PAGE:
I’m at that coffee shop right now and I’ve been here for an hour so far without checking email, Twitter, or any other part of the distracto-net. This is good. If you think an hour doesn’t sound like a long time, don’t be a hater. For too long I’ve measured my productivity in 20 minute chunks. This is amazing.

Here’s how it works. I sit down with nothing but a pad of paper, a pen, the Neo and my feature phone (just in case there’s an emergency, and close family needs to get in touch with me), and maybe a hardcopy of my last draft of whatever I’m working on. I turn on the Neo and push one of the eight buttons that open a file and I start writing. There is no Internet. No Kindle. No games. No nothing.

That’s not all that makes this device conducive to flow though. Its small liquid crystal display only shows five lines of text at a time so only the current paragraph, or maybe a line or two of the previous one, is visible. My thoughts are confined by the limitations of the machine to just this moment and this moment only. To remember something for later in the piece I resort to pen and paper. Outlines happen there too. This is as close as you can get to a typewriter without needing a scanner and OCR software later.

My purchase of the Neo was inspired by one line in Brian Christian’s fascinating read The Most Human Human: “When I type into … my word processor,…” Re-reading it now I realize he almost certainly meant word processing software on a conventional laptop computer, but when I saw the words “word processor” my minds eye saw him typing into an old Brother or Wang or something like it. When I reflexively Googled “word processor” the search turned up some links about journalists and writers using the Alphasmart Neo to avoid distraction. Apparently this is a thing. I bought one about two hours later.

The reason it took me two hours is because I got sidetracked by a link to this beautiful device, The Hemingwrite. What an absurd yet perfect thing, made more perfect by the fact that it originated in Detroit. Basically it’s a Neo, but with the best touch typist keyboard obtainable and updated with a continuous wi-fi connection to your Evernote account. Naturally I pre-ordered one of these too.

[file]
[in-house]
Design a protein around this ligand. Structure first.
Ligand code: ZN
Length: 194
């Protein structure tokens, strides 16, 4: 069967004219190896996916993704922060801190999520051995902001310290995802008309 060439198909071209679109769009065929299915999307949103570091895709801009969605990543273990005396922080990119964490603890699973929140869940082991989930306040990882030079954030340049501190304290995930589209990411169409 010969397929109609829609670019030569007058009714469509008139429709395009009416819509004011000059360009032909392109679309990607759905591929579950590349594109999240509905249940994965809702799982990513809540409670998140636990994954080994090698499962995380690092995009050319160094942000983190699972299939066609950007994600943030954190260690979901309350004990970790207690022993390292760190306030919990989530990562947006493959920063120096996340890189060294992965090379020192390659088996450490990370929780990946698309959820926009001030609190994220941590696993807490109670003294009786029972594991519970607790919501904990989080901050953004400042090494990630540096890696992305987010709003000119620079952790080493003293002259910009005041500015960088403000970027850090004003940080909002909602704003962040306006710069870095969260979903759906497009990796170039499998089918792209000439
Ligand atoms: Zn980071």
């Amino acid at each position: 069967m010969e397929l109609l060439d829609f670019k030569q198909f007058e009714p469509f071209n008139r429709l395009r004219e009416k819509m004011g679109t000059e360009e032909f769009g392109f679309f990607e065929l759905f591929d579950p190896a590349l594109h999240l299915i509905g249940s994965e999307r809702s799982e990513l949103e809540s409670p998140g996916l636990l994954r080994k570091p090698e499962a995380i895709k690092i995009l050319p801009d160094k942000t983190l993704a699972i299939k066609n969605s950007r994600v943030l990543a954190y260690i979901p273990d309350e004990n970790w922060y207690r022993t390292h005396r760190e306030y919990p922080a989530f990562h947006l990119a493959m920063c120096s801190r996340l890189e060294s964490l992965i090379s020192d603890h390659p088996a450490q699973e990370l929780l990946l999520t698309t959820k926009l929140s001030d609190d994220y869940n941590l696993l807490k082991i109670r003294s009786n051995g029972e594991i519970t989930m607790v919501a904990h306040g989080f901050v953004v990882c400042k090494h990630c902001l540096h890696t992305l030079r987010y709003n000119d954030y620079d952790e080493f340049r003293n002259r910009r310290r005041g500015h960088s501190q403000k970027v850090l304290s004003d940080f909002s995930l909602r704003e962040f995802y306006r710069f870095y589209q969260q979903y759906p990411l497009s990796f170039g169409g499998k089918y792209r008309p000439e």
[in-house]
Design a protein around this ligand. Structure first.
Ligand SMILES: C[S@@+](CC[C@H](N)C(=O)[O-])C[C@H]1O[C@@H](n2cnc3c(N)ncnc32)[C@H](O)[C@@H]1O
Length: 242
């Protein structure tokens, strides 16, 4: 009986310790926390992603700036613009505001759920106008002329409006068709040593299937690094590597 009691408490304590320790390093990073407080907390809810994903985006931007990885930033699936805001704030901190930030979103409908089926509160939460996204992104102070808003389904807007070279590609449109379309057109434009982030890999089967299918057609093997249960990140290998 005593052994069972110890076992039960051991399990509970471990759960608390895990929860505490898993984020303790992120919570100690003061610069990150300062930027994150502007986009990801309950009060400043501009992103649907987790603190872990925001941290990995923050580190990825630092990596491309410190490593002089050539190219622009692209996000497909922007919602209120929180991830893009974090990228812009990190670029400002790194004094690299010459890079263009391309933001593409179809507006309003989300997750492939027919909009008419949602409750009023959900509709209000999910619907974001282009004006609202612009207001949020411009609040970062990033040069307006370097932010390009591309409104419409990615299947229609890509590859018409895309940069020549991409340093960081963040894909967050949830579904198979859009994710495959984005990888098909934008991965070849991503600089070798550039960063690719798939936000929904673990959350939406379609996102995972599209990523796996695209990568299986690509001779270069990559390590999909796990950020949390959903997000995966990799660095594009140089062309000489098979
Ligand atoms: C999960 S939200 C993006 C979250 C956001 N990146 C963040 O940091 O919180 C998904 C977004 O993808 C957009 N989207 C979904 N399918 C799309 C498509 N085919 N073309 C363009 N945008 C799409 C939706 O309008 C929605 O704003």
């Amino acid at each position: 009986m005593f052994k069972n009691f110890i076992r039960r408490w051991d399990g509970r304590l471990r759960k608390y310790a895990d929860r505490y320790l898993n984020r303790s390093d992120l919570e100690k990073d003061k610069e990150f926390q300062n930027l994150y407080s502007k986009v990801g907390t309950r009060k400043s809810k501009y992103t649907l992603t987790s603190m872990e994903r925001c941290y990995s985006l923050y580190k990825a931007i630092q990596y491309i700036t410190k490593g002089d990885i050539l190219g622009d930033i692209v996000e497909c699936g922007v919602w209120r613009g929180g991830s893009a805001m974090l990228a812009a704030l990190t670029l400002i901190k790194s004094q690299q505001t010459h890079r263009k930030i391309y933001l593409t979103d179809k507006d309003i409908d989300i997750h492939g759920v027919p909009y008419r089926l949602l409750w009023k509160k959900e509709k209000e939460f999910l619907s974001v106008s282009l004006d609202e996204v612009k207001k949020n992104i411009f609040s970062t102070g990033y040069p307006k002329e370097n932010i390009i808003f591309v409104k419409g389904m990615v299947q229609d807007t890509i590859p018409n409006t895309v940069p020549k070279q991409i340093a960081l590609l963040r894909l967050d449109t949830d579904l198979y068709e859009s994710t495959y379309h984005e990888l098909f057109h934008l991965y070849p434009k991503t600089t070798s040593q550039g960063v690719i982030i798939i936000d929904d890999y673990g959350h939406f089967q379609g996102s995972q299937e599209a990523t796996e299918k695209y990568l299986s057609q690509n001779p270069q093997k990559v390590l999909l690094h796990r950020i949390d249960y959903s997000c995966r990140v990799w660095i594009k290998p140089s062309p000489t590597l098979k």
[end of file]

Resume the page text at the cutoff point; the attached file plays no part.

It was a total impulse buy, and I already kind of regret it because the Neo is working out so well, but I’m justifying the spend because I just so badly want the Hemingwrite to exist in spite of the glut of secondhand Neo’s out there. I love the idea that someone is building hardware that does less so that we might be focused enough to do more. It’s a wonderful kind of simplification. If it takes off maybe other people will build other cool things like it. We need more of that kind of hardware diversity, I think.

This way of working may be a thing, but that doesn’t mean it’s not weird. At least to the culture at large. As a quick aside, here’s something fun to try. Go to the cell phone store and buy a cheap feature phone. “Are you buying this for your child?” “Nope, it’s for me.” “Oh, but we see you already own an up-to-date smart phone, did you lose it?” “Nope, it’s right here. I’m buying this phone so I can leave the smart phone at home. It’s too distracting.” “… oh.”

Anyway, this is how I write now. For at least those periods where I need to focus on a particular project, these two devices are the key that let me out of my Skinner Box. They let me put enough physical distance between me and the pellet lever that I can find some peace from the mind traffic for a bit, and make some room for flow. It feels nice.


  1. Vallory - April 27, 2015 @ 9:00 am

    Thank you for this article. I have struggles with the same issue, although not specific to writing, more on the “I need to figure out my passion in life and start a venture” but cannot focus on any one thing long enough to just “do” something. This content has identified the need for my to remove distractions during my brainstorming and then just write down whatever ideas I have vs. keeping it all in my head or googling and getting totally off course (how did I end up reading about the CEO of Walmart and the triple bottom line when I was suppose to be researching organic materials recycling? My life!). Thank you!